3D printing can be a time consuming and expensive hobby, even if you try to do it cheaply. I feel like I’ve modified, replaced, or upgraded half of the parts on my Ender 3 Pro. It was fun, but never easy.
But what if a really ready-to-use 3D printer were to change that? We might find out. Trusted phone charger company Anker is officially expanding beyond its Eufy smart home devices, Soundcore audio, Nebula projectors and Roav car accessories into 3D printing this year — and not in a small way. The AnkerMake M5 just unveiled looks like it could give leading brands a serious run for their money.
Launched today on Kickstarter at an early bird price of $429 (although Anker suggests it costs $759 or more), the AnkerMake M5 comes standard with useful features that you should often get on competing printers — like a webcam that lets you print remotely. view, records time-lapse videos of your creations, and can automatically pause a print job and alert you if the printer sees a mess of molten plastic instead of a useful part.
But the flagship is something much more fundamental: Anker claims it will be printed five times faster than the competition. And I don’t mean “theoretically you can set it to print really, really fast if you calibrate it meticulously.” I mean, Anker claims you can take the two halves of the printer out of the box, connect them with eight screws, plug in two USB-C cables and a power adapter, and it will automatically print at 250mm/sec because that to be default institution. “That’s our baseline for this,” Anker spokesperson Eric Villines tells me.
250mm/sec is indeed five times faster than my Ender 3 Pro, and over five times faster than the quality setting of the industry-leading Prusa MK3S+, and I don’t think I can overstate how important it can be to the hobby if true . 3D printing can be an incredibly slow process, but Anker suggests it can reduce that from a day to a matter of hours, or from a few hours to less than an hour, with a printer that allows you to print parts of the same size (up to 235 x 235 x 250 mm) as the most popular options on the market.
It’s not clear what secret sauce will keep your parts from being shaken off the printer at that speed, but it sounds like it could be a lot of things. Anker claims it moves the Y-axis build plate using a nice stepper motor with “high subdivision drivers” and two belts instead of one. The portal is raised and lowered on two spindles instead of one for stability. It has a removable magnetic build surface, similar to Creality’s printers. They gave it a heavy, die-cast aluminum alloy to keep it stable. And Anker claims “advanced algorithms that tailor your prints to the way you act.”
I’ll believe it when I see it, but I want to believe it.
For me personally, speed is not my biggest frustration with 3D printing. I’m happy to run a printout in the garage overnight as long as I’m reasonably confident it will finish completely. But I am so tempted to upgrade to a 49 point automatic bed leveling system (bed leveling is the foundation of so much problems with 3D printing), broken filament detection (another problem is that filament can dry out and snap into place in the middle of a print), and a handy one-button feature that automatically heats and ejects the filament so you can replace it with a new one. another copy while avoiding congestion.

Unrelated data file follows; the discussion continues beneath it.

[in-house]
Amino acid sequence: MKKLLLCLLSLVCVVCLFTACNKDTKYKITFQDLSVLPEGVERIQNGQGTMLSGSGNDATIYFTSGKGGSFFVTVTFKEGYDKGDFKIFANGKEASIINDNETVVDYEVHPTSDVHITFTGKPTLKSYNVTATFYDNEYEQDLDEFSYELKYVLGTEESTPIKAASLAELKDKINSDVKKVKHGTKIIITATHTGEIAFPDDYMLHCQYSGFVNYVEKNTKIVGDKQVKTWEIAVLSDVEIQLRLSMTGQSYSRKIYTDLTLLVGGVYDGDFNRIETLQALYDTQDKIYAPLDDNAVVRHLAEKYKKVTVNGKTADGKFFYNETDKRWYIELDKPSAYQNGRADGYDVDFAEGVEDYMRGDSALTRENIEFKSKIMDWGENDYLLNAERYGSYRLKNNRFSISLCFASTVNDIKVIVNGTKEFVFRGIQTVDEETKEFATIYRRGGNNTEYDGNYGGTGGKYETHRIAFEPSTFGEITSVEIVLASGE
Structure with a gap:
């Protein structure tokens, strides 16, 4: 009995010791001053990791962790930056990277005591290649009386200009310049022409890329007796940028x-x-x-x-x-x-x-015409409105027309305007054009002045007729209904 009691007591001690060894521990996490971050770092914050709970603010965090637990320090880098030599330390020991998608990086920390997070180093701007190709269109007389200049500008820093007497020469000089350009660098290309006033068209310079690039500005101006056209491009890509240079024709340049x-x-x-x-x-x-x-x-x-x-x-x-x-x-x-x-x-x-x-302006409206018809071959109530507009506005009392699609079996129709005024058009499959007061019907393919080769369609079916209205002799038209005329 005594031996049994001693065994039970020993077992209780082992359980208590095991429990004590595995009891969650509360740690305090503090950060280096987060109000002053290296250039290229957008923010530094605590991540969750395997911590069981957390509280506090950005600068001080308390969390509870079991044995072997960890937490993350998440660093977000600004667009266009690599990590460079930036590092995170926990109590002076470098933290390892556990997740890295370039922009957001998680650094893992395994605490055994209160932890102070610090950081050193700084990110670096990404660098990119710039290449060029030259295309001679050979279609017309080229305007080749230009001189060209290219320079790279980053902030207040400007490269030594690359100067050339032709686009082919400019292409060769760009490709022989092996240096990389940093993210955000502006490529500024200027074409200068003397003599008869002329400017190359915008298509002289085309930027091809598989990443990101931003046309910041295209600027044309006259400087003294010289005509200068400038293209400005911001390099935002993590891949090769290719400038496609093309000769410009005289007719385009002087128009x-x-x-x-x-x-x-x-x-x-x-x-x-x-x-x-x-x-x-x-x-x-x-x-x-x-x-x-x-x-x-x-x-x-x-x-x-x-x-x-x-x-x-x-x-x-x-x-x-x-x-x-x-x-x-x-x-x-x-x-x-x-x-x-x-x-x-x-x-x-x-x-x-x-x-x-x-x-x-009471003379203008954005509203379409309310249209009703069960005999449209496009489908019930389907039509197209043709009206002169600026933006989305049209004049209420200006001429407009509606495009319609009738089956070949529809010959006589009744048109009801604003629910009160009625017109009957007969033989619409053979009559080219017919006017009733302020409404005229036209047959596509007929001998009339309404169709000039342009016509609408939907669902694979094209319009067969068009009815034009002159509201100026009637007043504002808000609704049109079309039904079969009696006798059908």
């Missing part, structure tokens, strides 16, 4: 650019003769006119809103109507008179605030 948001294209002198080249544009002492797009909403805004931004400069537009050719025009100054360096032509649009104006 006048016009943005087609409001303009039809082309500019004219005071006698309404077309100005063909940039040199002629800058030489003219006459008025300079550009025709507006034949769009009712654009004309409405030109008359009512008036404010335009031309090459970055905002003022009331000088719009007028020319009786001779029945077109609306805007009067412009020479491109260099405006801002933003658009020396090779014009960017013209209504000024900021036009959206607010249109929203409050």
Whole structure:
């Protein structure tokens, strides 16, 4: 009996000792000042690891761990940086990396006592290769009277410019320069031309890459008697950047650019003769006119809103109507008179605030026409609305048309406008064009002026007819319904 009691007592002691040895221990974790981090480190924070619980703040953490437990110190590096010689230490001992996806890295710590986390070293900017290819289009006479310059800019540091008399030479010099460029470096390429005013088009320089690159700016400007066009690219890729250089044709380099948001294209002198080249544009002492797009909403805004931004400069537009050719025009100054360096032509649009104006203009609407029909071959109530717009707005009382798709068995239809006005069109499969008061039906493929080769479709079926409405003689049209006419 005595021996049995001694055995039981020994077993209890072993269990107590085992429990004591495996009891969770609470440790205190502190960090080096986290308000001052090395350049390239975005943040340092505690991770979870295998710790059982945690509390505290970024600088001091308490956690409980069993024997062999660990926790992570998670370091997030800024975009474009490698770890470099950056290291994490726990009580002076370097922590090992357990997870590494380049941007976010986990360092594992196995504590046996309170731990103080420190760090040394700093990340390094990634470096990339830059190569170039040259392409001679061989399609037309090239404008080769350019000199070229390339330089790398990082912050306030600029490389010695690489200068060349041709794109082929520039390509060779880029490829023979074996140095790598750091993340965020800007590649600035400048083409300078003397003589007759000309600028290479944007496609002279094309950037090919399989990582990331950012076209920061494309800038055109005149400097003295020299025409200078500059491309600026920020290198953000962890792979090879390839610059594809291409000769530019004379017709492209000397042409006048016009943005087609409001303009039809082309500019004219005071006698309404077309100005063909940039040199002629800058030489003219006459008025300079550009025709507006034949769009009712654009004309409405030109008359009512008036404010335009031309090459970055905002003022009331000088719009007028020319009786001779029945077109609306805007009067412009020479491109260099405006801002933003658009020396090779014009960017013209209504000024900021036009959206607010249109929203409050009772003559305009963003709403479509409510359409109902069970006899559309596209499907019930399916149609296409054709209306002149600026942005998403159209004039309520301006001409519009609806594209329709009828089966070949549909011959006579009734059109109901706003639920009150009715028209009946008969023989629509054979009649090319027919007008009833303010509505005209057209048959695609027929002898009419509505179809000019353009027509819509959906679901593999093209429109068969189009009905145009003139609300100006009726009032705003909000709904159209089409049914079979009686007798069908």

Villines tells me that Anker enters new product categories when it thinks it can solve the pain points that keep people away, and this was the moment. “I think 3D printers are at the right time where they could go, if not mainstream, then definitely more than a niche.”
The vision here is a printer where you can download a design for the web, send it directly to the printer’s 8GB internal storage via Wi-Fi or even remotely via the cloud, and it will do the rest for you. You don’t have to search for a slicer app to translate it into printer code, or worry about some of the other most common failure points, and when you’re done, there’s an entire time-lapse video waiting for you to share it on social media.
But Anker has a lot to prove, and the spokesperson was candid that the company may not have it all figured out yet. While Villines Anchor says will make the printer no matter how it does during the Kickstarter campaign (it’s more marketing than anything), there’s a reason it’s not shipping now – software features like intelligent print failed detection, promised voice assistant compatibility and, well yes, most software is not built yet. “I like to say that the hardware is 75 percent and the software is 2 percent,” he says, admitting that the company expects a lot of calls from customer service.
It’s also not clear how much of an ecosystem it will have left, which is what today’s 3D printing hobbyists tend to expect in return for their investment. It accepts GCode like other printers, uses standard (though longer than usual) nozzles, and the company plans to offer replacement parts, but it’s not clear what’s interchangeable between the AnkerMake and other products on the market.
I’d love to see it in action before buying one, but this could definitely be my next – and the first 3D printer I could recommend – if Anker gets it right.